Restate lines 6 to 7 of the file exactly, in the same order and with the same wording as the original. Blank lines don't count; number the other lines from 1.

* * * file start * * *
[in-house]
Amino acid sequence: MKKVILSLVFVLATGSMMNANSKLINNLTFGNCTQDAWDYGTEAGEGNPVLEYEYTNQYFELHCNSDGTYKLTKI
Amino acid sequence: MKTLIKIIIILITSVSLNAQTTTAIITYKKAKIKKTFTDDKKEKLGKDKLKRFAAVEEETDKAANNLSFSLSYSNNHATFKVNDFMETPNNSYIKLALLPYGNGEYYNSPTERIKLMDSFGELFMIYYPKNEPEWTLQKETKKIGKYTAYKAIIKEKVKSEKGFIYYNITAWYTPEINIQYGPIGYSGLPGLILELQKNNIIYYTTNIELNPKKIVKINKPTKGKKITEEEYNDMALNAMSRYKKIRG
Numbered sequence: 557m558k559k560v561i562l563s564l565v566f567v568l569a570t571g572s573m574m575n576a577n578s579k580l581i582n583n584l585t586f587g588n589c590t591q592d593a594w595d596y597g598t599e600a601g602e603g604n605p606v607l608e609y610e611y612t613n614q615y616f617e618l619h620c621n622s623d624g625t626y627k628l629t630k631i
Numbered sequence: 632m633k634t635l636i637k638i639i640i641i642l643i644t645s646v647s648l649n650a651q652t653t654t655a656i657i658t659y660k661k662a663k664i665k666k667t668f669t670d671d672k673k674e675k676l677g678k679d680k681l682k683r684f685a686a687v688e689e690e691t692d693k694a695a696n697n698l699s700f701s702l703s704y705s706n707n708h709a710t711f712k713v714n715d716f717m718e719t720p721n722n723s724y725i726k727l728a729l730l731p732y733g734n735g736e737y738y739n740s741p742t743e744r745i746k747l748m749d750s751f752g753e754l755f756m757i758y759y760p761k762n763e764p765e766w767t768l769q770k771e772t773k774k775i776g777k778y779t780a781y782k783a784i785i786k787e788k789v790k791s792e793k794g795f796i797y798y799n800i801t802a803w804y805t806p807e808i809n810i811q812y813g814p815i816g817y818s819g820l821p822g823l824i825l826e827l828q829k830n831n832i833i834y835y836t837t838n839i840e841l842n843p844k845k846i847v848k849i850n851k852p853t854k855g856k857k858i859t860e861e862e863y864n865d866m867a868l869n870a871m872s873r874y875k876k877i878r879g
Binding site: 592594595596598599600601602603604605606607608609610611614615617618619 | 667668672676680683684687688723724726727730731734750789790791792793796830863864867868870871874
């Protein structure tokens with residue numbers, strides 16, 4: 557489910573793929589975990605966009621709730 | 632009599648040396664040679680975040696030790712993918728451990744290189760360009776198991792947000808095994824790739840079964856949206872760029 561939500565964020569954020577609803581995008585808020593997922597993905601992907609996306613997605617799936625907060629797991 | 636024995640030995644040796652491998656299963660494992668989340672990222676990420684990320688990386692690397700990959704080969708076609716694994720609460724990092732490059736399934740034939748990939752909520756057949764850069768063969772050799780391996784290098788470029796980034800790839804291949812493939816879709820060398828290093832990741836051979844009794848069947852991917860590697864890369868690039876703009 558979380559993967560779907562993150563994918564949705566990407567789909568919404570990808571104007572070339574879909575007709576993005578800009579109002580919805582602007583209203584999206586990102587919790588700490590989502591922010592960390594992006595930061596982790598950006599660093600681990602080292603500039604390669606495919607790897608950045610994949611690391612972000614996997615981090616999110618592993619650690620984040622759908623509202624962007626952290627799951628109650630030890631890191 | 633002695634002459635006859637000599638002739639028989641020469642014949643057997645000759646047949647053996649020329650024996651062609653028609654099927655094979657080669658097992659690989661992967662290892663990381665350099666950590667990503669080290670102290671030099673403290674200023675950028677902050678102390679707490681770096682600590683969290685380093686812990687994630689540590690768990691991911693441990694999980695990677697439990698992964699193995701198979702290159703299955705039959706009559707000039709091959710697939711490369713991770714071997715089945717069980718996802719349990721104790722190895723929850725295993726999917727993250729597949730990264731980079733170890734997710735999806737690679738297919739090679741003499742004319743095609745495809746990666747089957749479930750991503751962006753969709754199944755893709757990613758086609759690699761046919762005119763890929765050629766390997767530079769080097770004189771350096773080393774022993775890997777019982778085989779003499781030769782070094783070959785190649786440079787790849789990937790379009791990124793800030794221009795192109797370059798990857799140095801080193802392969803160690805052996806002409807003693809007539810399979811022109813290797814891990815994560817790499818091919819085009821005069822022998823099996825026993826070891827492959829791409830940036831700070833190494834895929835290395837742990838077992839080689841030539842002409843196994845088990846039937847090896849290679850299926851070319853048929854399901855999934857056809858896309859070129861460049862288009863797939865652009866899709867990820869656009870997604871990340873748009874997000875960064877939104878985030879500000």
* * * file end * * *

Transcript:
Binding site: 592594595596598599600601602603604605606607608609610611614615617618619 | 667668672676680683684687688723724726727730731734750789790791792793796830863864867868870871874
């Protein structure tokens with residue numbers, strides 16, 4: 557489910573793929589975990605966009621709730 | 632009599648040396664040679680975040696030790712993918728451990744290189760360009776198991792947000808095994824790739840079964856949206872760029 561939500565964020569954020577609803581995008585808020593997922597993905601992907609996306613997605617799936625907060629797991 | 636024995640030995644040796652491998656299963660494992668989340672990222676990420684990320688990386692690397700990959704080969708076609716694994720609460724990092732490059736399934740034939748990939752909520756057949764850069768063969772050799780391996784290098788470029796980034800790839804291949812493939816879709820060398828290093832990741836051979844009794848069947852991917860590697864890369868690039876703009 558979380559993967560779907562993150563994918564949705566990407567789909568919404570990808571104007572070339574879909575007709576993005578800009579109002580919805582602007583209203584999206586990102587919790588700490590989502591922010592960390594992006595930061596982790598950006599660093600681990602080292603500039604390669606495919607790897608950045610994949611690391612972000614996997615981090616999110618592993619650690620984040622759908623509202624962007626952290627799951628109650630030890631890191 | 633002695634002459635006859637000599638002739639028989641020469642014949643057997645000759646047949647053996649020329650024996651062609653028609654099927655094979657080669658097992659690989661992967662290892663990381665350099666950590667990503669080290670102290671030099673403290674200023675950028677902050678102390679707490681770096682600590683969290685380093686812990687994630689540590690768990691991911693441990694999980695990677697439990698992964699193995701198979702290159703299955705039959706009559707000039709091959710697939711490369713991770714071997715089945717069980718996802719349990721104790722190895723929850725295993726999917727993250729597949730990264731980079733170890734997710735999806737690679738297919739090679741003499742004319743095609745495809746990666747089957749479930750991503751962006753969709754199944755893709757990613758086609759690699761046919762005119763890929765050629766390997767530079769080097770004189771350096773080393774022993775890997777019982778085989779003499781030769782070094783070959785190649786440079787790849789990937790379009791990124793800030794221009795192109797370059798990857799140095801080193802392969803160690805052996806002409807003693809007539810399979811022109813290797814891990815994560817790499818091919819085009821005069822022998823099996825026993826070891827492959829791409830940036831700070833190494834895929835290395837742990838077992839080689841030539842002409843196994845088990846039937847090896849290679850299926851070319853048929854399901855999934857056809858896309859070129861460049862288009863797939865652009866899709867990820869656009870997604871990340873748009874997000875960064877939104878985030879500000």